Prātimokṣa/Patimokkha meaning

In prātimokṣa, the mokṣa, I assume, is “liberation”, but what is prāti-/pati-? Is it “precept”? That seems unlikely, because prāti- looks like a suffix that denotes some kind of relation, like “for” or “to”.

Anyone care to educate me?

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It’s controversial. I’m not sure if a consensus has emerged, but it has been explained in two basic ways.

Either pati- has the sense of “anti-” in which case it means “anti-freedom”, i.e. “binding code”.

Or else pati-, like so many prefixes for -mokkha and related terms, is a mere qualifier or intensifier, so it would mean “liberator”.

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The word pātimokkha is variously explained, the oldest explanation being that the observance of the rules is the face (mukhaṃ), the chief (pamukhaṃ) of good qualities.

Source: https://suttacentral.net/define/pātimokkha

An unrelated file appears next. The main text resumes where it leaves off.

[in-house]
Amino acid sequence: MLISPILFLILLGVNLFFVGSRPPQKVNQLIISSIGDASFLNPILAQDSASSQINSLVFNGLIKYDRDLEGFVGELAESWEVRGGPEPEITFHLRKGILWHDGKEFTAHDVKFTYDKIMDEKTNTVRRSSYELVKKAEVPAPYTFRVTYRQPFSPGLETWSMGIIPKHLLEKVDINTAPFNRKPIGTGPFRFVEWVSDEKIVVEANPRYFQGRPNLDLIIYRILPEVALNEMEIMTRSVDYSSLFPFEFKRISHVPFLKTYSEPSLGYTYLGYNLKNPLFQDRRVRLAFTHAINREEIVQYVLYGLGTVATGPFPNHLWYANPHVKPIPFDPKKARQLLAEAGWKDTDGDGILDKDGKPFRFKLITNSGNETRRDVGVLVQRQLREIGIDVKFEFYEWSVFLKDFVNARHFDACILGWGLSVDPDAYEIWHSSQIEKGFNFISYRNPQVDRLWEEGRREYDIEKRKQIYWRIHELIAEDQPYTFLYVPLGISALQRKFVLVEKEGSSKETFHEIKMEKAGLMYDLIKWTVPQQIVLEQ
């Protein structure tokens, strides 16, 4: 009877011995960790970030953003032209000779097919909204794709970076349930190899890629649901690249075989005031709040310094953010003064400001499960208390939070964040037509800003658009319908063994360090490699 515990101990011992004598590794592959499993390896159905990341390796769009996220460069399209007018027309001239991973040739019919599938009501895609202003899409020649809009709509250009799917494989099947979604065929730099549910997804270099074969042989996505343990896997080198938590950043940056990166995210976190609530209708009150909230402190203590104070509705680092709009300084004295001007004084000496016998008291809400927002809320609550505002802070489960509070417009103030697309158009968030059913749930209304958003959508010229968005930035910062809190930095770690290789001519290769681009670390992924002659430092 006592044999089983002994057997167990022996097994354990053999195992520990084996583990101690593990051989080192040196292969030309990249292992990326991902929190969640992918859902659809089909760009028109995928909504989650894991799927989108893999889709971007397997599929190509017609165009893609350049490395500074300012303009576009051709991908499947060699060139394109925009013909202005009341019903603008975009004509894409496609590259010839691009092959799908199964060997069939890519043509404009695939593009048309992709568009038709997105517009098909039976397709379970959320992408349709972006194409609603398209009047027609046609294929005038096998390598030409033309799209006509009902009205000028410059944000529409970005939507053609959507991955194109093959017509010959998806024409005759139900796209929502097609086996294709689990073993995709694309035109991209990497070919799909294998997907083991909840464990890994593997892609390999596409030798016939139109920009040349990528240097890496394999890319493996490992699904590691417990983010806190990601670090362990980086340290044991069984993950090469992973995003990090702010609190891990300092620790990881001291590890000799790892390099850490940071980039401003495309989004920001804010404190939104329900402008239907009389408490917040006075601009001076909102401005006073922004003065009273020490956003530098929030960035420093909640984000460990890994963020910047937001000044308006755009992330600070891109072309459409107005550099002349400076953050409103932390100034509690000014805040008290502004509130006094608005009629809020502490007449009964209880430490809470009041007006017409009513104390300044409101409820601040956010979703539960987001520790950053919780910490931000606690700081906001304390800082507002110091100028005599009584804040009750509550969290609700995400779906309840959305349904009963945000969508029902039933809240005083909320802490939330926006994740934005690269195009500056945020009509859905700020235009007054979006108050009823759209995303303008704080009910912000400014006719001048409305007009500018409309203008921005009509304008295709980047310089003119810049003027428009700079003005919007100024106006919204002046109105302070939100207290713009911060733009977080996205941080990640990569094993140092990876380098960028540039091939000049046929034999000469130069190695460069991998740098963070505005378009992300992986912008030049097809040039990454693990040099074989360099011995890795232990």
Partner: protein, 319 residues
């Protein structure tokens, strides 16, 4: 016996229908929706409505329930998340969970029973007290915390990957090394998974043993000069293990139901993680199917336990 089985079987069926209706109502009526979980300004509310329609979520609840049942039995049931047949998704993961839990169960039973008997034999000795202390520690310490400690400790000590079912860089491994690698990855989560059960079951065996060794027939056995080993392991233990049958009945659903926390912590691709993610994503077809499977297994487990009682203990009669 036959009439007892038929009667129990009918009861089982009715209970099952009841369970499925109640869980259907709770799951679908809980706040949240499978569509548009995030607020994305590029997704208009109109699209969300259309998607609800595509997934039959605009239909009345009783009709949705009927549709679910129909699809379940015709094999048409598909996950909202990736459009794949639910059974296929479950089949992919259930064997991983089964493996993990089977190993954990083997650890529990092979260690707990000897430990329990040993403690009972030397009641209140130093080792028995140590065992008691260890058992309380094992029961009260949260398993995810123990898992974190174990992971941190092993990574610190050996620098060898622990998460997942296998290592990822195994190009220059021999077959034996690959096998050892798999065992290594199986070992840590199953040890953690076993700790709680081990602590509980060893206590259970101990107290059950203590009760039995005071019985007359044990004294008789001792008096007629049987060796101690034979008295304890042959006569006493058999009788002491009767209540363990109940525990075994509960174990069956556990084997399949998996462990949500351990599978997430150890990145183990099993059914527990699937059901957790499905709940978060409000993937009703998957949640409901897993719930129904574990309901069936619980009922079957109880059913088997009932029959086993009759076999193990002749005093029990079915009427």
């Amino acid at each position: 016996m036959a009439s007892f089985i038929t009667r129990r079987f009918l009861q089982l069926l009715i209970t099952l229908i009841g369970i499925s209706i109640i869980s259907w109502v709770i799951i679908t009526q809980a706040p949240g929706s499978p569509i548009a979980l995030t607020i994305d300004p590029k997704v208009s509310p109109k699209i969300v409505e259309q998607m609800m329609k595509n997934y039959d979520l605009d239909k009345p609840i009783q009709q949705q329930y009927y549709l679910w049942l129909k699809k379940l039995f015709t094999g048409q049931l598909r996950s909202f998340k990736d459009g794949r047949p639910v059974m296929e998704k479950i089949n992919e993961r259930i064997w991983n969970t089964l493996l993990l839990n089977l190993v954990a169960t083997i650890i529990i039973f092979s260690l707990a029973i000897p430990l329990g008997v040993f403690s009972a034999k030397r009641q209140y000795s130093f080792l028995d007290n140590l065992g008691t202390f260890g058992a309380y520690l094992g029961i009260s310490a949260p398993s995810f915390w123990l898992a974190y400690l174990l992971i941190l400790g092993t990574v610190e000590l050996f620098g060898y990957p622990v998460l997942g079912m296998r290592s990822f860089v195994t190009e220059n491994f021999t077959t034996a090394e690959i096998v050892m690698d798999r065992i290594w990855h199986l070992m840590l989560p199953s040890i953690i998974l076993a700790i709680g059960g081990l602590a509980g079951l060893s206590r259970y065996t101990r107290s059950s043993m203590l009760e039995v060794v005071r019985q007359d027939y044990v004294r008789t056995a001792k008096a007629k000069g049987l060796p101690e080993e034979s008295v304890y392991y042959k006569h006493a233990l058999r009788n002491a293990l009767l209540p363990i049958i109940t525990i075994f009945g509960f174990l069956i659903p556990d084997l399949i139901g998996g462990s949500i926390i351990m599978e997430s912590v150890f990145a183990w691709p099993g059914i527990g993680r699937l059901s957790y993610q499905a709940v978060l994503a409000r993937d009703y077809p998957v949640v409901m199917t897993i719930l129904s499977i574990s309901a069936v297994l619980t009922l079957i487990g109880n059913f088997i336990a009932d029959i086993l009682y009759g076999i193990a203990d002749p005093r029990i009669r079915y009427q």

with Childers plausibly as paṭi + mokkha, grd. of muc (Caus. mokṣ˚) with lengthening of paṭi as in other grd. like pāṭidesaniya.
Thus in reality the same as paṭimokkha 2 in sense of binding, obligatory obligation, cp. Ja.v.25. The spelling is freq. pāti (BB pāṭi˚).
The Sk. prāṭimokṣa is a wrong adaptation fr. P. pātimokkha, it should really be pratimokṣya “that which should be made binding.”
An expln of the word after the style of a popular etym. is to be found at Vism.16

Source: https://suttacentral.net/define/pātimokkha%20pāti

Would anyone be kind to check what is found in Vism.16 ?

If it’s the binding sense then it might have a similar ‘etymological history’ as religion (from religare - to bind).

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